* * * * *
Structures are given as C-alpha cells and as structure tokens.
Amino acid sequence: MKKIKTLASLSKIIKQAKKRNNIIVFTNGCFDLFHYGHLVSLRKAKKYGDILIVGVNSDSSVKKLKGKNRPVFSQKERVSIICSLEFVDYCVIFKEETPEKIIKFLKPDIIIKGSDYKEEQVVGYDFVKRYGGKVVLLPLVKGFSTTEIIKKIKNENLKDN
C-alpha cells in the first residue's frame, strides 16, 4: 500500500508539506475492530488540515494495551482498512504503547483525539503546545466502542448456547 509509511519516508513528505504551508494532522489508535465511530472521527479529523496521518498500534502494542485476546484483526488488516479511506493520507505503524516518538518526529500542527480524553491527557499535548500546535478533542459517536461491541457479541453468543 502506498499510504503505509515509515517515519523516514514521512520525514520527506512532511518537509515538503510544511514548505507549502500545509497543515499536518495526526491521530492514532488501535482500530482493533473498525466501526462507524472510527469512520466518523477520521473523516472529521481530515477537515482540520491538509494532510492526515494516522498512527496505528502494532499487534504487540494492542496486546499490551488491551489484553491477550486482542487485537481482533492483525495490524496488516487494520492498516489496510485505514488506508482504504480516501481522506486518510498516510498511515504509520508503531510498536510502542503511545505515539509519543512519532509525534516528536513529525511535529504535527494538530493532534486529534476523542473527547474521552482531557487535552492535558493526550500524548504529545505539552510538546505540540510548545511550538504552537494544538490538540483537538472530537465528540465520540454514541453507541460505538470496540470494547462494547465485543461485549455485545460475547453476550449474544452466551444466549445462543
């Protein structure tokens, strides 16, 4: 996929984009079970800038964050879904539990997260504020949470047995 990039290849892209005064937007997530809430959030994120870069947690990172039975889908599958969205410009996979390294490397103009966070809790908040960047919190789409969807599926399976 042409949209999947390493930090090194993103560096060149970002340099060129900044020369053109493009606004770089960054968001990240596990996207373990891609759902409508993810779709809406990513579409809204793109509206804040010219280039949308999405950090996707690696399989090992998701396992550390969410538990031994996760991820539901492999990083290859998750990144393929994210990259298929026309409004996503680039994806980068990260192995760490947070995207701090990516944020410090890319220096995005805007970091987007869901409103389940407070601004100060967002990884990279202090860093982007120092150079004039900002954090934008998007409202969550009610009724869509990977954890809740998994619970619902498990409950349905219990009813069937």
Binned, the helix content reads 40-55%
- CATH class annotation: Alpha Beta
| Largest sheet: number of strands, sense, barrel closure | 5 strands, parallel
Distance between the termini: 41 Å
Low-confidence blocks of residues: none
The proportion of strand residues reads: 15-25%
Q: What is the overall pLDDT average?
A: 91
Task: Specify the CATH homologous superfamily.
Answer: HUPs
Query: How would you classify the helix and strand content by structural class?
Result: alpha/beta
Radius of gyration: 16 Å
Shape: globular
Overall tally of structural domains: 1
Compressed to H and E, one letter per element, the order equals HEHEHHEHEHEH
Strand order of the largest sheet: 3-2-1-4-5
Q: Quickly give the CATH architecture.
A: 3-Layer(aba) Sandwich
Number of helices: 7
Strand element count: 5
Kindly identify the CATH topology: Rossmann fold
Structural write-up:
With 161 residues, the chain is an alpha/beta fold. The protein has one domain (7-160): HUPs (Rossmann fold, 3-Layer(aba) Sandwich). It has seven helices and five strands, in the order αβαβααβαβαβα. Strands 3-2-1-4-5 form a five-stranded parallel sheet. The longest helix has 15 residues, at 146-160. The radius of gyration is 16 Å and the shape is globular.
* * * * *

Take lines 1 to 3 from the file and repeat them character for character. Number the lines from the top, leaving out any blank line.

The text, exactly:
Structures are given as C-alpha cells and as structure tokens.
Amino acid sequence: MKKIKTLASLSKIIKQAKKRNNIIVFTNGCFDLFHYGHLVSLRKAKKYGDILIVGVNSDSSVKKLKGKNRPVFSQKERVSIICSLEFVDYCVIFKEETPEKIIKFLKPDIIIKGSDYKEEQVVGYDFVKRYGGKVVLLPLVKGFSTTEIIKKIKNENLKDN
C-alpha cells in the first residue's frame, strides 16, 4: 500500500508539506475492530488540515494495551482498512504503547483525539503546545466502542448456547 509509511519516508513528505504551508494532522489508535465511530472521527479529523496521518498500534502494542485476546484483526488488516479511506493520507505503524516518538518526529500542527480524553491527557499535548500546535478533542459517536461491541457479541453468543 502506498499510504503505509515509515517515519523516514514521512520525514520527506512532511518537509515538503510544511514548505507549502500545509497543515499536518495526526491521530492514532488501535482500530482493533473498525466501526462507524472510527469512520466518523477520521473523516472529521481530515477537515482540520491538509494532510492526515494516522498512527496505528502494532499487534504487540494492542496486546499490551488491551489484553491477550486482542487485537481482533492483525495490524496488516487494520492498516489496510485505514488506508482504504480516501481522506486518510498516510498511515504509520508503531510498536510502542503511545505515539509519543512519532509525534516528536513529525511535529504535527494538530493532534486529534476523542473527547474521552482531557487535552492535558493526550500524548504529545505539552510538546505540540510548545511550538504552537494544538490538540483537538472530537465528540465520540454514541453507541460505538470496540470494547462494547465485543461485549455485545460475547453476550449474544452466551444466549445462543